As the residents of the waterlogged Somerset Levels watched the boats go by yesterday along what used to be dry land, they will not have been much cheered by the latest comments from the chairman of the Environment Agency. “There is no bottomless purse,” Chris Smith pointed out, in an article in Monday’s Daily Telegraph.
The former Labour cabinet minister was at pains to praise the work of his agency’s staff, emphasising that flood defences are very much better than they were 60 years ago – as if anyone would expect them not to be – but implied that some people’s homes, businesses or farms would always be vulnerable to flooding when there was heavy rain.
He did throw in one piece of good news. It was assumed that the agency was wholly opposed to spending what it regards as its scarce funds on dredging rivers.
But Lord Smith has conceded that “some dredging” will have to be done after this year’s disaster, while insisting that it is not the whole answer. Possibly not, but when the Environment Secretary, Owen Paterson, visited the Northmoor pumping station in Somerset the other day, he may have been told that its original outlet, constructed in the 1840s, is now said to be seven feet below the river bed, a measure of how much flotsam has piled up over the years.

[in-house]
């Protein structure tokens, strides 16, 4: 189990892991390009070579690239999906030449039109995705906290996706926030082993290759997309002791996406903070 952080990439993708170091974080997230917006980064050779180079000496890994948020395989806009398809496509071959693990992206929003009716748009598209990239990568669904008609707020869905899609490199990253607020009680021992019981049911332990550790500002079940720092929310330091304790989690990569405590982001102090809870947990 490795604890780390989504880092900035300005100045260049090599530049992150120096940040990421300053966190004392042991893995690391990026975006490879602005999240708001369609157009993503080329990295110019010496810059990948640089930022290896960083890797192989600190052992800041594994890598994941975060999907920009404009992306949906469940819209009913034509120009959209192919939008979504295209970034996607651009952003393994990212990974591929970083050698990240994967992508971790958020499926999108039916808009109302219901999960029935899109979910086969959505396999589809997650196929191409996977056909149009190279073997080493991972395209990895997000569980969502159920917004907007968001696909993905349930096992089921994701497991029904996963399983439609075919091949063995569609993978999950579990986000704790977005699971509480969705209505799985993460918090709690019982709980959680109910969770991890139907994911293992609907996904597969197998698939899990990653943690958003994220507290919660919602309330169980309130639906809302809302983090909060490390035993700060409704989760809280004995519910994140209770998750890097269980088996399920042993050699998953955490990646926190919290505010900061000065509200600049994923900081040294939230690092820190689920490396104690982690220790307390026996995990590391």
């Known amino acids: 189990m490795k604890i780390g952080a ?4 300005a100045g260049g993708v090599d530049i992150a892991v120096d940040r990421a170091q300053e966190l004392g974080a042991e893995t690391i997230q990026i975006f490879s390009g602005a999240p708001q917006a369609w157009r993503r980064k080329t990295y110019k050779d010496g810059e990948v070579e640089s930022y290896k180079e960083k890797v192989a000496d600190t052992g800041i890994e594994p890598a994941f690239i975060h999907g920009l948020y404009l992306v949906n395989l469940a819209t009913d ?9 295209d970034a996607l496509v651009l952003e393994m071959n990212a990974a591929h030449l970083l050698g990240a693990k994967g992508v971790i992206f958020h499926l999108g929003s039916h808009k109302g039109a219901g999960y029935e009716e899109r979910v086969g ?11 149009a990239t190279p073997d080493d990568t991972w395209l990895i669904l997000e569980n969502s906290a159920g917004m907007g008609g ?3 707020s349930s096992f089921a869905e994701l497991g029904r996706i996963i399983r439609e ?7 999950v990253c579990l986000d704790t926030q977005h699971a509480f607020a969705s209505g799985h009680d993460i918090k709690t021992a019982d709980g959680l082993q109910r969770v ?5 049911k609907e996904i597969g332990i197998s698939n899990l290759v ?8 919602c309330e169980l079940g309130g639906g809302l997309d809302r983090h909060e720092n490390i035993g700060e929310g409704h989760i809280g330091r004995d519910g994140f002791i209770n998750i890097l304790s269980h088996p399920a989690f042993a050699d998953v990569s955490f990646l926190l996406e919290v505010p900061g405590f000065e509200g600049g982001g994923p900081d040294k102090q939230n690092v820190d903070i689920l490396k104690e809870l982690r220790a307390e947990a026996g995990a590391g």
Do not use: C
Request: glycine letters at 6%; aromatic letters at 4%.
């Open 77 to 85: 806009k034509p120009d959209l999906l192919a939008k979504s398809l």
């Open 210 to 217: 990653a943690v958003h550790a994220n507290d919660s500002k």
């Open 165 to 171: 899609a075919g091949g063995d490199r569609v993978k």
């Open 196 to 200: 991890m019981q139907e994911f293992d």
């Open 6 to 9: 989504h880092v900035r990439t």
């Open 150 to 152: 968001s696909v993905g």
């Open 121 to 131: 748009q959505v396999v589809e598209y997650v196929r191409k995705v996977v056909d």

The Environment Agency is an enormous quango, with an enormous budget. It employs 11,177 staff directly, and another 1,075 on temporary contracts. In 2012-13, its running costs were £1.2bn. Its capital works budget for that year was £219m, of which less than a tenth –£20.3m – went on improving channels for the free flow of water.
Large sums went on other forms of flood management, but the figure illustrates how little dredging rivers features on the agency’s priorities.
The purse may not be “bottomless” but if the agency does not want public anger directed at its own huge establishment, it will need to have more convincing answers next time there is rain like there has been this year.